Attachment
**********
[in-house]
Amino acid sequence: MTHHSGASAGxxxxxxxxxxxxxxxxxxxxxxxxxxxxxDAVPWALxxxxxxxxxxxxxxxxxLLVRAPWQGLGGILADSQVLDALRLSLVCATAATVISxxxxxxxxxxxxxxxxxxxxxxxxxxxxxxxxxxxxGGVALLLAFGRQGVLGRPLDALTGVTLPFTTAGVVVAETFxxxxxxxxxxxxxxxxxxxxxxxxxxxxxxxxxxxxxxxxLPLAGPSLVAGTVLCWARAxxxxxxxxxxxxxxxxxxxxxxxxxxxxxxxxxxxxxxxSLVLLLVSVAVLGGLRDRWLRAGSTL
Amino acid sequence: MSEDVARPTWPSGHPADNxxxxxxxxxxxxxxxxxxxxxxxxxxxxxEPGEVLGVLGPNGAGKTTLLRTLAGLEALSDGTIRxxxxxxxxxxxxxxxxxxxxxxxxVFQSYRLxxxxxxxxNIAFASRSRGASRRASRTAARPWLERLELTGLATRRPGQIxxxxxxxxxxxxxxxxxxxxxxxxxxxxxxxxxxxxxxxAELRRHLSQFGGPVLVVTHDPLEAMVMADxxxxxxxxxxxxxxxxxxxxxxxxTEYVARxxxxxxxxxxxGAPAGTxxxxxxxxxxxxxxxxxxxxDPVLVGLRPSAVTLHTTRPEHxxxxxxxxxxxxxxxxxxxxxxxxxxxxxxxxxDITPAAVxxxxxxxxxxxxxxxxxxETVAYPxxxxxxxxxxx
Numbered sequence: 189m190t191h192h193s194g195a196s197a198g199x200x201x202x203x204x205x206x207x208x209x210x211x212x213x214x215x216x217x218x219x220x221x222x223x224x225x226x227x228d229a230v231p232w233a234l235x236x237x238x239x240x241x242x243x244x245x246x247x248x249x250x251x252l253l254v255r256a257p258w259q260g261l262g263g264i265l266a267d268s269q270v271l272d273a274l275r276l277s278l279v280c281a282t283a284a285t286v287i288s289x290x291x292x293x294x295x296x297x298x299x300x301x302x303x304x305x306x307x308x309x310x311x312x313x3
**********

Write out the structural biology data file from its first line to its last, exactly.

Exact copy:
[in-house]
Amino acid sequence: MTHHSGASAGxxxxxxxxxxxxxxxxxxxxxxxxxxxxxDAVPWALxxxxxxxxxxxxxxxxxLLVRAPWQGLGGILADSQVLDALRLSLVCATAATVISxxxxxxxxxxxxxxxxxxxxxxxxxxxxxxxxxxxxGGVALLLAFGRQGVLGRPLDALTGVTLPFTTAGVVVAETFxxxxxxxxxxxxxxxxxxxxxxxxxxxxxxxxxxxxxxxxLPLAGPSLVAGTVLCWARAxxxxxxxxxxxxxxxxxxxxxxxxxxxxxxxxxxxxxxxSLVLLLVSVAVLGGLRDRWLRAGSTL
Amino acid sequence: MSEDVARPTWPSGHPADNxxxxxxxxxxxxxxxxxxxxxxxxxxxxxEPGEVLGVLGPNGAGKTTLLRTLAGLEALSDGTIRxxxxxxxxxxxxxxxxxxxxxxxxVFQSYRLxxxxxxxxNIAFASRSRGASRRASRTAARPWLERLELTGLATRRPGQIxxxxxxxxxxxxxxxxxxxxxxxxxxxxxxxxxxxxxxxAELRRHLSQFGGPVLVVTHDPLEAMVMADxxxxxxxxxxxxxxxxxxxxxxxxTEYVARxxxxxxxxxxxGAPAGTxxxxxxxxxxxxxxxxxxxxDPVLVGLRPSAVTLHTTRPEHxxxxxxxxxxxxxxxxxxxxxxxxxxxxxxxxxDITPAAVxxxxxxxxxxxxxxxxxxETVAYPxxxxxxxxxxx
Numbered sequence: 189m190t191h192h193s194g195a196s197a198g199x200x201x202x203x204x205x206x207x208x209x210x211x212x213x214x215x216x217x218x219x220x221x222x223x224x225x226x227x228d229a230v231p232w233a234l235x236x237x238x239x240x241x242x243x244x245x246x247x248x249x250x251x252l253l254v255r256a257p258w259q260g261l262g263g264i265l266a267d268s269q270v271l272d273a274l275r276l277s278l279v280c281a282t283a284a285t286v287i288s289x290x291x292x293x294x295x296x297x298x299x300x301x302x303x304x305x306x307x308x309x310x311x312x313x3